The violation of elite property rights by Marcos during the dictatorship’s heyday is like a genie let out of the bottle. Despite all efforts to date, the mess created by the initial massive cancellation of property rights has not been sorted out to satisfaction. The ownership of substantial portions of major Philippine corporations (including the top-ranked San Miguel Corporation and the Philippine Long Distance Telephone Company) remains contested. The fall of the dictatorship also led to the recognition of new asset claimants—the thousands of human rights victims who were tortured or murdered by Marcos’ security forces and the coconut farmers disenfranchised by the so-called coconut levy. The claims of the human rights victims against the Marcos estate had been repeatedly recognized by US courts while the Philippine Supreme Court had frequently ruled that the coconut levy was a public fund and must be taken from the control of businessman Eduardo Cojuangco, who used the money to wrest control of the country’s premier business firm—the San Miguel Corporation (SMC). To date, however, none of these judicial decisions have been enforced since rival claimants have managed to secure restraining orders against them.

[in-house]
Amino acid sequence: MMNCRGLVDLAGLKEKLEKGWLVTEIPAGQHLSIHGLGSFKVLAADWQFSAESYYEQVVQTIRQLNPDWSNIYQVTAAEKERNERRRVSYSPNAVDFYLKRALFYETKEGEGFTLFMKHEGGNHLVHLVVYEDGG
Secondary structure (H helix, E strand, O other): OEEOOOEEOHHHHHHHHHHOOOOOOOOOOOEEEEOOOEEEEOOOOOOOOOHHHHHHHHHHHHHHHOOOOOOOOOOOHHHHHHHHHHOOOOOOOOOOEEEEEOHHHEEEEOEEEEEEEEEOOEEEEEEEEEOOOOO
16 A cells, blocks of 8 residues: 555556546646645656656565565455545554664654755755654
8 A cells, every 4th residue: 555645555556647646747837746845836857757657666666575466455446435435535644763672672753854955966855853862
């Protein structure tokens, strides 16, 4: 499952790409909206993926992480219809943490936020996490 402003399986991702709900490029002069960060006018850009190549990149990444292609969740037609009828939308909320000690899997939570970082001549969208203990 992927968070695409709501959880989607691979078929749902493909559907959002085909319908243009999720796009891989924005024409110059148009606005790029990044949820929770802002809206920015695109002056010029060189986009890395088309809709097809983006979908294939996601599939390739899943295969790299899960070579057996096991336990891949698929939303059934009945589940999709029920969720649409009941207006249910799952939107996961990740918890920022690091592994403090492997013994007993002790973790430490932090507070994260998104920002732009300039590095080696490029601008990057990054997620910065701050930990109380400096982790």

The discussion so far indicates that from 1946 to 1972, there was an institutional mechanism that ‘tamed’ the relations between rival elite fractions in the Philippines. We have shown how such a mechanism was shattered by Marcos. We pointed to the difficulty of repairing the ‘property rights mess’ of the martial law period even after the dictatorship’s demise. In my next blog, I will discuss why the cycle of vindictiveness amongst Filipino elites seems to be more intractable during the post-Marcos period. However, I also promise to answer the questions raised by Raul Pangalangan and Rex Ubac re my blog on GMA’s supposedly last SONA. Patience!